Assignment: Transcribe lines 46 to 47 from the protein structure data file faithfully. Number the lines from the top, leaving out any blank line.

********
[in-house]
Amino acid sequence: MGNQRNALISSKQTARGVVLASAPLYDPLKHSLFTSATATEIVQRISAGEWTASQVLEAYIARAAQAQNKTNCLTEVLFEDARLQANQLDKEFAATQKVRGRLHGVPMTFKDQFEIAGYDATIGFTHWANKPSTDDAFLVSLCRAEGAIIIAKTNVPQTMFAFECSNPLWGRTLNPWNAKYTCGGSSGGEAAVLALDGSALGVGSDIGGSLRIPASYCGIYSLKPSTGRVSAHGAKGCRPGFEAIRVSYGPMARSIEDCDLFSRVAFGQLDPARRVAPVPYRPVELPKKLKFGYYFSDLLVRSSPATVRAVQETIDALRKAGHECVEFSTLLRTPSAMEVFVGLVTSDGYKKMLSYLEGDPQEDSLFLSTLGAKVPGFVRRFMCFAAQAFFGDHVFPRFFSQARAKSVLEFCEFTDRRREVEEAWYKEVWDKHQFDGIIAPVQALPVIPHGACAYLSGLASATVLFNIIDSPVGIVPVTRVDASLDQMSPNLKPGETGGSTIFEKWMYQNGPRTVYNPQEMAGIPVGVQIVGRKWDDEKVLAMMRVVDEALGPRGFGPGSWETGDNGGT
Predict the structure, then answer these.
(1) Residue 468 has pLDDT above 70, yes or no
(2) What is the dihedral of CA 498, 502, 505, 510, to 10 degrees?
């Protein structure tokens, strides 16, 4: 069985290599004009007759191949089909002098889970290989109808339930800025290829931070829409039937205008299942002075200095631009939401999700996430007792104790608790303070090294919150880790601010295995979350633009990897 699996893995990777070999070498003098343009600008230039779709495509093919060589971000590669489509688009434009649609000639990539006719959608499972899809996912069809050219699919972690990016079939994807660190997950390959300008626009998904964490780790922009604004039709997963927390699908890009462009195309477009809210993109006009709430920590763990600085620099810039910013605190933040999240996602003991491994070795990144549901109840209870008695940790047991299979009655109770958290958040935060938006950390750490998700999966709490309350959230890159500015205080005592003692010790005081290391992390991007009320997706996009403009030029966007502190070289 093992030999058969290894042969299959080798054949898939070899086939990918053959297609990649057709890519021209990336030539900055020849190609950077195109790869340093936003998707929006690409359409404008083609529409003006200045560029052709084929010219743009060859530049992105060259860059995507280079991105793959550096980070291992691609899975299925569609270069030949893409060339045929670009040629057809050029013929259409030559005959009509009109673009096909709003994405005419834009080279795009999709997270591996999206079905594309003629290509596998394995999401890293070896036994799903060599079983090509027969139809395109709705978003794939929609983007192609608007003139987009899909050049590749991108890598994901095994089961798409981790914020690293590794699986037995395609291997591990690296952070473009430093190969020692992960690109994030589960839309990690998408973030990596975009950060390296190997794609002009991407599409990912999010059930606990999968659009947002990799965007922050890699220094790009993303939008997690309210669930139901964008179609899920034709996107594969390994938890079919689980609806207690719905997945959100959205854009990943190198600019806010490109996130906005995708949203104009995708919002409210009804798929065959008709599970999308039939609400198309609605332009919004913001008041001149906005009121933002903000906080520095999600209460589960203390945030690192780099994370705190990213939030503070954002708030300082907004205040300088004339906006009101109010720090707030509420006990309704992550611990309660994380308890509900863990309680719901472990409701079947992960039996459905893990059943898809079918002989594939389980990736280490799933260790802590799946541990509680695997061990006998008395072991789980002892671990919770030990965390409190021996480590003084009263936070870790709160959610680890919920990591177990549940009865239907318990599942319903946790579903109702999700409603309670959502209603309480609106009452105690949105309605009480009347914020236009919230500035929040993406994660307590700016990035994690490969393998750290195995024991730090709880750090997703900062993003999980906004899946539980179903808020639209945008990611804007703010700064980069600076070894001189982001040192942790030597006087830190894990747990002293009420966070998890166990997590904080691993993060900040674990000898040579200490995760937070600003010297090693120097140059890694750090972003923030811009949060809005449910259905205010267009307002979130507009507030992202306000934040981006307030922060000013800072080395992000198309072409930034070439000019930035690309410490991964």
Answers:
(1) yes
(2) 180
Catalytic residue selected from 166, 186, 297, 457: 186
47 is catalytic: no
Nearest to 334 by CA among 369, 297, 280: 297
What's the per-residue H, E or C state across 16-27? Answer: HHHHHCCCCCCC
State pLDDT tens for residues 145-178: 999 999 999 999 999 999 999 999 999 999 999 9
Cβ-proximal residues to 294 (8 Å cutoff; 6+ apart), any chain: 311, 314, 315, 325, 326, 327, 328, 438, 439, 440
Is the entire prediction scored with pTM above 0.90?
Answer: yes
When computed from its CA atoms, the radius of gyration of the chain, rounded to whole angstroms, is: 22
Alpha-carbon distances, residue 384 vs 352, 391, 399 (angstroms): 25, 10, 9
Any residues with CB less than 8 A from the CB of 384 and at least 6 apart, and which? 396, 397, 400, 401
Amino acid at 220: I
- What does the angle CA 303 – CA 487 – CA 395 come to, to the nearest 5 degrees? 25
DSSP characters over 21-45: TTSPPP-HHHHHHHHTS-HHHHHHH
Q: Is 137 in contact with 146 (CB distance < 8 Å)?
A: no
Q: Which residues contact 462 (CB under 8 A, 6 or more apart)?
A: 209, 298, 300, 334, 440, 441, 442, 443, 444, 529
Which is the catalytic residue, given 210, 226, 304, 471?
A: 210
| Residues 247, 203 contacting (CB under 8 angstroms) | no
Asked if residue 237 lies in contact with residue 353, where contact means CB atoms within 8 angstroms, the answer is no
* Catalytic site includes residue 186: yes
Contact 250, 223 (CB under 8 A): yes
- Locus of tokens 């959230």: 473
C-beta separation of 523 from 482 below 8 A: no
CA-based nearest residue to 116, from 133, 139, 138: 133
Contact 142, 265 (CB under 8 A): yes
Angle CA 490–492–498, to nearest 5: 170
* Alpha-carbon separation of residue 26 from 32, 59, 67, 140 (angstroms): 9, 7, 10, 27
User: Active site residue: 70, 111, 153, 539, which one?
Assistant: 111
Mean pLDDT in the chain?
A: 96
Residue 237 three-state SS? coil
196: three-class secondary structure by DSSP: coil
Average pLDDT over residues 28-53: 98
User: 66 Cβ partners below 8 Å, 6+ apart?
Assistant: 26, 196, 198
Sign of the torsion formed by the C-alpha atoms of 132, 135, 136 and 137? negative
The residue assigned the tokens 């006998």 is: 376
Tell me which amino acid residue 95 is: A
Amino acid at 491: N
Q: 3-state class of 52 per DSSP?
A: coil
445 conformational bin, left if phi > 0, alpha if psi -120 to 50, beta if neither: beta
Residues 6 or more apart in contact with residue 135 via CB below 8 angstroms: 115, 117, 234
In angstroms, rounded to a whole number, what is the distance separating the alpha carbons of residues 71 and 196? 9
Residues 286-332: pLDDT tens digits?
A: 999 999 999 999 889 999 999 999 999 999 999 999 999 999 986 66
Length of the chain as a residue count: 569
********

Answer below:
Average pLDDT over residues 28-53: 98
User: 66 Cβ partners below 8 Å, 6+ apart?